Melgaard + Munch The end of it all has already happened
Edvard Munch is often mentioned in connection with Bjarne Melgaard's art, but little has been done to examine what might underlie the relationship between these two artists. One could interject that it is both easy and tempting to resort to Munch's name when mentioning potential new stars in the constellation of Norwegian art. But as the exhibition will demonstrate, there are a number of connections between Munch and Melgaard's art that run far deeper than sensation and scandal.
On a purely formal level it is obvious that Melgaard has been influenced by Munch in one way or another. One can find clear traces of Munch's late painting style and spontaneous line drawing in Melgaard's expressive brushwork. In Melgaard one can also find numerous references to Munch motifs, such as Death and Life (1894), Kiss (1897) and Hands (1893-94). With these motifs as a point of reference, Melgaard cites Munch several times and quite directly by developing the motifs and interpreting them in light of his own artistic project. One example of this is Untitled (Couple) from 1997, where he develops the figures in Munch's Kiss. Yet the exhibition will demonstrate that there is a kinship between Munch and Melgaard, which reflects far more fundamental aspects of their art than painting styles and citations. In Munch and Melgaard's works one finds not only similar motifs, but also a thematic kinship that makes it meaningful to see these two artists side by side.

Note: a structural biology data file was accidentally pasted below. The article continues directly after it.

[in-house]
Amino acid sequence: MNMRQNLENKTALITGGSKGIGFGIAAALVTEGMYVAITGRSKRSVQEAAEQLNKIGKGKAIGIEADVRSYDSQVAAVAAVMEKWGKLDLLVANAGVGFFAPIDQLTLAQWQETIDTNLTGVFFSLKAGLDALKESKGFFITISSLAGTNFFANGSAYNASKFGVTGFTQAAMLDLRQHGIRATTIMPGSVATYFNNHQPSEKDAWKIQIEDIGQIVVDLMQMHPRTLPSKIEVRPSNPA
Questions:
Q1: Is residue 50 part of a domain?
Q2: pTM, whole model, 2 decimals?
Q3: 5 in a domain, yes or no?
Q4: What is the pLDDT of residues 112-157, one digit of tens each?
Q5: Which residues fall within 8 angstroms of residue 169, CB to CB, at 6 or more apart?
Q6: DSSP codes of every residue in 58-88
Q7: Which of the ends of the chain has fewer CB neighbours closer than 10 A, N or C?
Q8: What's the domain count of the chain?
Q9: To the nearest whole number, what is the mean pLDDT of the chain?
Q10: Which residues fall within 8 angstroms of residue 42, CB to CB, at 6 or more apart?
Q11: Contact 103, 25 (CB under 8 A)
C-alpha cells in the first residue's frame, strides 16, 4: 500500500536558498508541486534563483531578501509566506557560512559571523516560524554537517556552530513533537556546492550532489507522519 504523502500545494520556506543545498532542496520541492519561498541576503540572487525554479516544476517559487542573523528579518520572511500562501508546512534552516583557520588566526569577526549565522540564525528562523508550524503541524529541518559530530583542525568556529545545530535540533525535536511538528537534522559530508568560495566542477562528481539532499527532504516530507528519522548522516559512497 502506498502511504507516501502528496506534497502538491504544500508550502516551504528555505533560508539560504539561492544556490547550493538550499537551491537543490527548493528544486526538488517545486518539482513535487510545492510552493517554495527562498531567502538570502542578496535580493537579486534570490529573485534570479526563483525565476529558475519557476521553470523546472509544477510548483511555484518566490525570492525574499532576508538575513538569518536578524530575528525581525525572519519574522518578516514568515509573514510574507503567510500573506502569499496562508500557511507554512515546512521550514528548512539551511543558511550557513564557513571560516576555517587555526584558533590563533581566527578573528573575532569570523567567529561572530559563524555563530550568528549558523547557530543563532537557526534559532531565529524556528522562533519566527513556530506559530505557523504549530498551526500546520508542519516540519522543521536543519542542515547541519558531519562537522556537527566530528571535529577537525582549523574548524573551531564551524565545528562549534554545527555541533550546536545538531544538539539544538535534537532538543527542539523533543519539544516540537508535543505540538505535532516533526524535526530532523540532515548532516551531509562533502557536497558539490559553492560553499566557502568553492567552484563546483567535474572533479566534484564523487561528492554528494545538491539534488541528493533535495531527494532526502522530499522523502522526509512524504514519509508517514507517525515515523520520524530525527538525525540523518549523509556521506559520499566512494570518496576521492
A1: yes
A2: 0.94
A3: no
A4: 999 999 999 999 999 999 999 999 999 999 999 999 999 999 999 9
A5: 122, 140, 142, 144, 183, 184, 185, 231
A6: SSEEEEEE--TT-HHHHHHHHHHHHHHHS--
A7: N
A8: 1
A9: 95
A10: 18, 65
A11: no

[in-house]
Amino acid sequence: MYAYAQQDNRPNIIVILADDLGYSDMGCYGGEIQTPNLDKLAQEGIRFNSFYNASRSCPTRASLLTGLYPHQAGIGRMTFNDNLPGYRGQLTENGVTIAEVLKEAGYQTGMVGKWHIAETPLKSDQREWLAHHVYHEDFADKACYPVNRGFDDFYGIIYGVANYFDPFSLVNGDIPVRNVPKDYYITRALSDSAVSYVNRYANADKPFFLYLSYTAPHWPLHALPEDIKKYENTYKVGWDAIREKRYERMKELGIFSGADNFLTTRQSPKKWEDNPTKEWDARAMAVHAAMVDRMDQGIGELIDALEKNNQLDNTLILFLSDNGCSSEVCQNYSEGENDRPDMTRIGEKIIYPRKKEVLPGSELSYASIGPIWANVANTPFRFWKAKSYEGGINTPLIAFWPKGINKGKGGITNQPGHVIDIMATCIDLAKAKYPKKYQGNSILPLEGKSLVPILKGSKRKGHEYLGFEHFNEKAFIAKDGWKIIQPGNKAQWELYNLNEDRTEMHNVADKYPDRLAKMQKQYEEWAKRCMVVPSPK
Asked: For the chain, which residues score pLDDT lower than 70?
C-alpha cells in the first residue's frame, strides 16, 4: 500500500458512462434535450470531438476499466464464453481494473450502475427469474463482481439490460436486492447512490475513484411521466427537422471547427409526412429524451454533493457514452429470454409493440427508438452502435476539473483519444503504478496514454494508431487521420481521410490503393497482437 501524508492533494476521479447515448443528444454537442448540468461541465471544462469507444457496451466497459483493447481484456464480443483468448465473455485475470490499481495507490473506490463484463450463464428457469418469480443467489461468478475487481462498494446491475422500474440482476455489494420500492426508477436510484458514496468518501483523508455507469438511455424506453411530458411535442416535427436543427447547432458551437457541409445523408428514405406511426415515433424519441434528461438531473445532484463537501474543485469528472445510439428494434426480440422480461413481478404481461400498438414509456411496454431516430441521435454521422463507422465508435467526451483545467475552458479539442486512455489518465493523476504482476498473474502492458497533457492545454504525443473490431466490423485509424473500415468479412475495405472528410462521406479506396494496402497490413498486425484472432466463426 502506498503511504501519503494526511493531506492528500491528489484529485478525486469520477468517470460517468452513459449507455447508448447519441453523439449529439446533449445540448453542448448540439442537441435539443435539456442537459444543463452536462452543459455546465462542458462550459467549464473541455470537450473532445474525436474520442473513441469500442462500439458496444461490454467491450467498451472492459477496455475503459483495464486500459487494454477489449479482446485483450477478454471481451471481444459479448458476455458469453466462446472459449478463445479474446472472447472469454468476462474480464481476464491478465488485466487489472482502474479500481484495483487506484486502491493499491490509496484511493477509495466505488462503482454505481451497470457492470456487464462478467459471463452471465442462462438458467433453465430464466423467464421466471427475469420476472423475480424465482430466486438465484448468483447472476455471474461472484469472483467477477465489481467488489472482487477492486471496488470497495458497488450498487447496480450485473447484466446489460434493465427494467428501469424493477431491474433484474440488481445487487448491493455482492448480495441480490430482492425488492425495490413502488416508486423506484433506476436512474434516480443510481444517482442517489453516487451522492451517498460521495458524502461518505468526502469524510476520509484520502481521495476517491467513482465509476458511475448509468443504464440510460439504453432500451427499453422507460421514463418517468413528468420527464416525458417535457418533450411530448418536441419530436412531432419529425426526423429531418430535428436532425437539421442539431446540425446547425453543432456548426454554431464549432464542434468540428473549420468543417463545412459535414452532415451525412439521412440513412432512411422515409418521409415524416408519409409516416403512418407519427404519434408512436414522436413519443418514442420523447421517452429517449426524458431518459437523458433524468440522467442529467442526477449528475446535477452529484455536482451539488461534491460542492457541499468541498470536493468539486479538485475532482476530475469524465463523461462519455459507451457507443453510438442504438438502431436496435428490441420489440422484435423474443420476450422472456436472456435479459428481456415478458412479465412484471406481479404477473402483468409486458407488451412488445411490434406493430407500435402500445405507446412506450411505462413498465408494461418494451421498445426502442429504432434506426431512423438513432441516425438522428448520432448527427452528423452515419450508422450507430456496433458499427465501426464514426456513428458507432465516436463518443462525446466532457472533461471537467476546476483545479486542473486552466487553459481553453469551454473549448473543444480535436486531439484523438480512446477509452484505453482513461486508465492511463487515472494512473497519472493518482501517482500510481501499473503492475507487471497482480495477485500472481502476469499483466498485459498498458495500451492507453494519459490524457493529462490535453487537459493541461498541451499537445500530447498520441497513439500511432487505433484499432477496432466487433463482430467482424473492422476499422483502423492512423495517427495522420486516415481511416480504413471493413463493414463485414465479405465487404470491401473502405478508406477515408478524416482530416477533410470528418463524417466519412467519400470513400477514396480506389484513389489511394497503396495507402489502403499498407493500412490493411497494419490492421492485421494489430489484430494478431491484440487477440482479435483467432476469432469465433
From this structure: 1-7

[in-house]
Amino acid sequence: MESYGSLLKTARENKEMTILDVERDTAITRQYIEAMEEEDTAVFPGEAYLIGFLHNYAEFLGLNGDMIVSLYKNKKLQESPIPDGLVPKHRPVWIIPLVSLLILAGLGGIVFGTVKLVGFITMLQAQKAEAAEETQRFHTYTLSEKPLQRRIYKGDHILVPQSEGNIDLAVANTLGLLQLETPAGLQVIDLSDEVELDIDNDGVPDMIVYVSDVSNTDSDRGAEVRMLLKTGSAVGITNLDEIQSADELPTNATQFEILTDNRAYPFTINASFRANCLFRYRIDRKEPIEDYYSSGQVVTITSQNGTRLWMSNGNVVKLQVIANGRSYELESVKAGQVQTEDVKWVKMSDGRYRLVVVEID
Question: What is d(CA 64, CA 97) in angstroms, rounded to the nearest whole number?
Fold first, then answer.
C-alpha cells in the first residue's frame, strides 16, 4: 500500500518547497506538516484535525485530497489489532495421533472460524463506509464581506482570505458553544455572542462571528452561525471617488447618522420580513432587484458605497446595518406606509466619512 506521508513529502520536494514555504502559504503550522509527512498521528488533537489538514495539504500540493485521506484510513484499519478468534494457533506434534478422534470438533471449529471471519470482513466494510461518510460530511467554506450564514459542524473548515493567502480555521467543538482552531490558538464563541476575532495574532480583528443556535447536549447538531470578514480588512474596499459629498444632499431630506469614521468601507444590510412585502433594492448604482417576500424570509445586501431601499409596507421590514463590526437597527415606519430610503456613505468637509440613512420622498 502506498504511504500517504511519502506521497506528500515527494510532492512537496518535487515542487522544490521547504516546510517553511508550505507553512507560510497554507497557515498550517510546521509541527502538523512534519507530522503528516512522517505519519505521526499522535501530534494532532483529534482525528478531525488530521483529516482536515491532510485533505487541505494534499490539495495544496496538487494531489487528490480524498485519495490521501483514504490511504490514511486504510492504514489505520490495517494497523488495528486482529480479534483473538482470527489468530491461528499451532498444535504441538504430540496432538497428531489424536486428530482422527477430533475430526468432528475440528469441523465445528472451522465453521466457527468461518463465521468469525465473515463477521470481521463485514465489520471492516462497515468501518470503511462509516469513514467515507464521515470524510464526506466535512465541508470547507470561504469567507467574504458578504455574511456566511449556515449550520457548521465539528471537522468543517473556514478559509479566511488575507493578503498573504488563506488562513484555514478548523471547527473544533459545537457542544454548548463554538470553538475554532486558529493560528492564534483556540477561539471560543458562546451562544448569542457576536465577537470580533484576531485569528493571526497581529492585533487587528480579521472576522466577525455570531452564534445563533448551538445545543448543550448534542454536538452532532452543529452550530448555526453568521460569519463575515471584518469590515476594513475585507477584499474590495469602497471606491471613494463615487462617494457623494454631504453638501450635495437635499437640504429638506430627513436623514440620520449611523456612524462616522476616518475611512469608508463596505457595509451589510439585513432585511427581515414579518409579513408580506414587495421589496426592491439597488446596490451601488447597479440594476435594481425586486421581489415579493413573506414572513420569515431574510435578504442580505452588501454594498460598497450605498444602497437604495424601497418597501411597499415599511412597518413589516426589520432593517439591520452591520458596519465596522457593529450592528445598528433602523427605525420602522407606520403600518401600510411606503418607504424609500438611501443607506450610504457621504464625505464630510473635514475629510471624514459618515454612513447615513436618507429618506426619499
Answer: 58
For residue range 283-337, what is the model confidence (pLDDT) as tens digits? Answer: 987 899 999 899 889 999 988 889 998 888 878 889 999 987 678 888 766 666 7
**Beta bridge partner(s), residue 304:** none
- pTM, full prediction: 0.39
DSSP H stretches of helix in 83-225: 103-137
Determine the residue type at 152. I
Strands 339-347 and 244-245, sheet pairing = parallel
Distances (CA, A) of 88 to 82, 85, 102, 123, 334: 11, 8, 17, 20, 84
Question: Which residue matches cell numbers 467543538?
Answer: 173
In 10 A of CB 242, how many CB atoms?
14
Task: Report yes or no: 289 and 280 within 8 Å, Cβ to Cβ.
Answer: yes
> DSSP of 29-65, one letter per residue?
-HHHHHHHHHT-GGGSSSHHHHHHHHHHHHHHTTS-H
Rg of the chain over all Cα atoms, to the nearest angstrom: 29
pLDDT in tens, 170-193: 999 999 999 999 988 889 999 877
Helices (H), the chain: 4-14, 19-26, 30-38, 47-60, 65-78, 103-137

With references to themes such as sexuality, gender, death, loneliness and alienation, both artists deal with central experiences encountered by the human being in modern society, yet set against the backdrop of their own times. Structured around various themes, the main focus of the exhibition will be directed towards how the two, each in their own way, treat issues related to ideology and social criticism.
By presenting a number of artworks by Munch and Melgaard side by side in the Munch Museum, this exhibition explores how in different ways and employing different motifs, their projects revolve around a similar romantic and dystopian critique of modern civilisation.
Through his historical significance and popularity, Munch's art has been subjected to considerable exposure in a widespread public context, but few have posed questions about this exposure and what his relevance might consist of today, other than as a cultural historical icon. With this exhibition the museum wishes to shed light on Munch's social relevance today.
Contemporary, political and critical issues form a central part of Melgaard's oeuvre. With references to political and social issues, often in the guise of phenomena found in marginalised and subculture milieus, he has posed provoking and critical questions throughout his artistic career. Based on this perspective we will investigate the relationship between the artists' critical potential, and not least, how Munch's art holds up in relation to Melgaard's critique of the social and political conditions in our time.
Aside from works by Edvard Munch the exhibition is structured around a number of older works by Bjarne Melgaard, which encompass painting, drawing, video and sculpture. Melgaard also contributes a number of new works, which are assembled together in one room. Here he presents a series of paintings and a group of sculptures that revolve around the theme "Skater Rats", and one can perhaps sense something of the same atmosphere found in Munch's painting Melancholy from 1891. This part of the exhibition also includes a soundtrack, textile dolls and articles of clothing made in collaboration with the fashion label 69. Through these works Melgaard demonstrates his relationship with Munch, and what he feels is important about his predecessor.